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Sunday, 29 April 2012

Favourite Children's Books - Life's a Journey.

Helen at http://saveeverystep.wordpress.com/lifes-a-journey-series/ urges us to share our memories from milestones in our life.   This week's theme   -Favourite Children's Books

I  am a librarian so books are food and drink to me - a habit which began early on.   It was a treat to get a book at Christmas and birthdays and choosing a new book to take on holiday was part of the anticipation of the trip.  I still have my first little white bookcase. given when I was 8 years old - although it is now confined to loft storage.

I can remember my first visit to the local children's library and the first book I borrowed - an illustrated history of England with a picture of the young Queen Elizabeth I on the front cover. Even then I loved history, especially a book series called A History of Everyday Life in England  which explored life down the centuries with lovely illustrations of costumes and houses.

As a child my favourite author  was one much despised then by pundits but loved by her readers - in other words Enid Blyton, especially The Famous Five, Secret Seven and Mallory Towers, also remembering as a younger child Noddy and Big Ears. Enid Blyton's books could be fought over in the  library, but we were less willing to raise our hands in class and admit we read her.  

I loved school stories and got very involved in the long running Chalet School series, by Elinor Brent Dyer, with its foreign setting, odd phrases in French and German, the exotic names of the characters (Elisveta, Evadne, Gisela) and the exploits of the lead character Joey Maynard and later on her large extended family.  Another favourite author was Noel Streatfield with her tales of ballet school and skating success.  

For lighter relief,  I had my favourite weekly magazines - "Girl", with Angela Air Hostess, Belle of the Ballet, Kay from "the Courier", Claudia of the Circus, the Picture Gallery which I cut up and put in a scrapbook, plus a series "Mother Tells You How" on domestic tips!! If you wonder how I remember all of this - my daughter gave me a a nostalgic book on "The Best of Girl" last Christmas.   It is very revealing on the  attitudes prevailing then.  

Classics featured in my reading, boosted by the BBC classic Sunday teatime serials on TV  - Little Women and its sequels, What Katy Did, Heidi, Sarah Crewe and The Secret Garden, Jane Eyre, and Children of the New Forest;  later on Charles Dickens  novels - Oliver Twist, Great Expectations, Nicholas Nickleby, Tale of Two Cities and David Copperfield and onto Jane Austen's Pride and Prejudice,  and Emma.

In teenage years, I was slow to move onto adult popular fiction - Agatha Christie I think was my route, though I have never been into crime novels where there is a sudden great denouement in the final pages;  also Georgette Heyer's Regency romances, the novels of Daphne Du Maurier and  Catherine Cookson.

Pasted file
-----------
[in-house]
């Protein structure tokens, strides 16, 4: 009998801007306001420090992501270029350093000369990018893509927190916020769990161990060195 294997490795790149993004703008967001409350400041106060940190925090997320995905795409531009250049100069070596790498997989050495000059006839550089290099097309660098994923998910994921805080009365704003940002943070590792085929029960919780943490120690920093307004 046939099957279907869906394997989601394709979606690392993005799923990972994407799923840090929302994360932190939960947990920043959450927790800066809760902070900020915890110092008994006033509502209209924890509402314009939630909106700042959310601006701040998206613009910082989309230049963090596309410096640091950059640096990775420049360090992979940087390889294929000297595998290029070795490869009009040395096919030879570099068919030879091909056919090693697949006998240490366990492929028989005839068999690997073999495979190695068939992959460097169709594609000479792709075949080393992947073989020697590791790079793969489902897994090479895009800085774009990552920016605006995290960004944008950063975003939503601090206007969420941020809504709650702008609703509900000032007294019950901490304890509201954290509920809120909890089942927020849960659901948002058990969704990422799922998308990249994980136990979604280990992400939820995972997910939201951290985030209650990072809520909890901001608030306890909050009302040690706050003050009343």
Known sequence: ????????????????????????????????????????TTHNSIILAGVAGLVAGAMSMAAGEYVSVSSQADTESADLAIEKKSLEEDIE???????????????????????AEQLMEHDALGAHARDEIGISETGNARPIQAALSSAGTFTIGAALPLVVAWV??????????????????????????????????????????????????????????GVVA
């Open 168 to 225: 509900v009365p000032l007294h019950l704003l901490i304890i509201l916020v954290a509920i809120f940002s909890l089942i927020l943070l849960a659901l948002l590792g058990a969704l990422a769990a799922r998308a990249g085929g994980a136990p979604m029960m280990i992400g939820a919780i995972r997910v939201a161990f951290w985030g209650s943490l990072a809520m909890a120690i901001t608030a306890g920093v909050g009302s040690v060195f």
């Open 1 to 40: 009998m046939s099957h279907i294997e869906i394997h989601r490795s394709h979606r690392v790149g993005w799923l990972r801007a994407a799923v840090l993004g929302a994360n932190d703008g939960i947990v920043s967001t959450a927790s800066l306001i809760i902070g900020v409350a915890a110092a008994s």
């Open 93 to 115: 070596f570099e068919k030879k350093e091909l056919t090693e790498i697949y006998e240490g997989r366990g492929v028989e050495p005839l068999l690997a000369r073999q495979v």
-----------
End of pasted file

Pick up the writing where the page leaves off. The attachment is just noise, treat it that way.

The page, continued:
My tastes haven't changed much over the years - family sagas and historical novels by authors, Anya Seton (e.g. "The Winthrop Woman" set in early New England), Cynthia Harrod Eagles'  "The Morland Dynasty" which relates the story of a Yorkshire family from the times of Richard III down the centuries, Catherine Gavin (my favourite "The Snow Mountain" about the last days of the Russian Czar and his family ), Philippa Carr's royal series and an American author I have just discovered Liz Curtis Higgs, who has set her latest novel in the Scottish Borders. 

I love curling up in bed or on the sofa, or  or soaking in bath bubbles with a good book and can't see that an electronic book has nearly the same appeal.  However I have moved on this a wee bit, and am quite taken with the latest Amazon TV advert for a Kindle.

Now my pleasure from books also comes from seeing the delight my little granddaughter gets from her collection - Touch and Feel books were a new phenomena to me, and now she is onto the "Aliens Love Underpants" series - very wacky and great fun!   It is never to young to start loving books!

1 comment:

  1. Hi Susan, an interesting post. I hope you're settled into your new home with your books around you like familiar friends! Where would be without books? I have always loved them too. My daughter was obsessed with the Chalet School series and when in the UK when she was 11 our job was to find as many as possible -then we had to carry them of course ;-) A suggestion for your granddaughter: any of the Hairy Maclary series by Lynley Dodd. They are excellently written, alliterative with great rhythms. She's a New Zealand author but I did see some of the books for sale in that tourist information "shop" in Edinburgh near the train station in Princes St so they'll be around in a bookshop near you (I think one of the big bookshops in Princes St had them too from memory). We were surprised to see them there so far from home. Re the Kindle: I bought one but have to say I think that a small tablet would be better. Don't know why but I just don't use the Kindle I got at all unless we're travelling and have to share...just my experience FYI.


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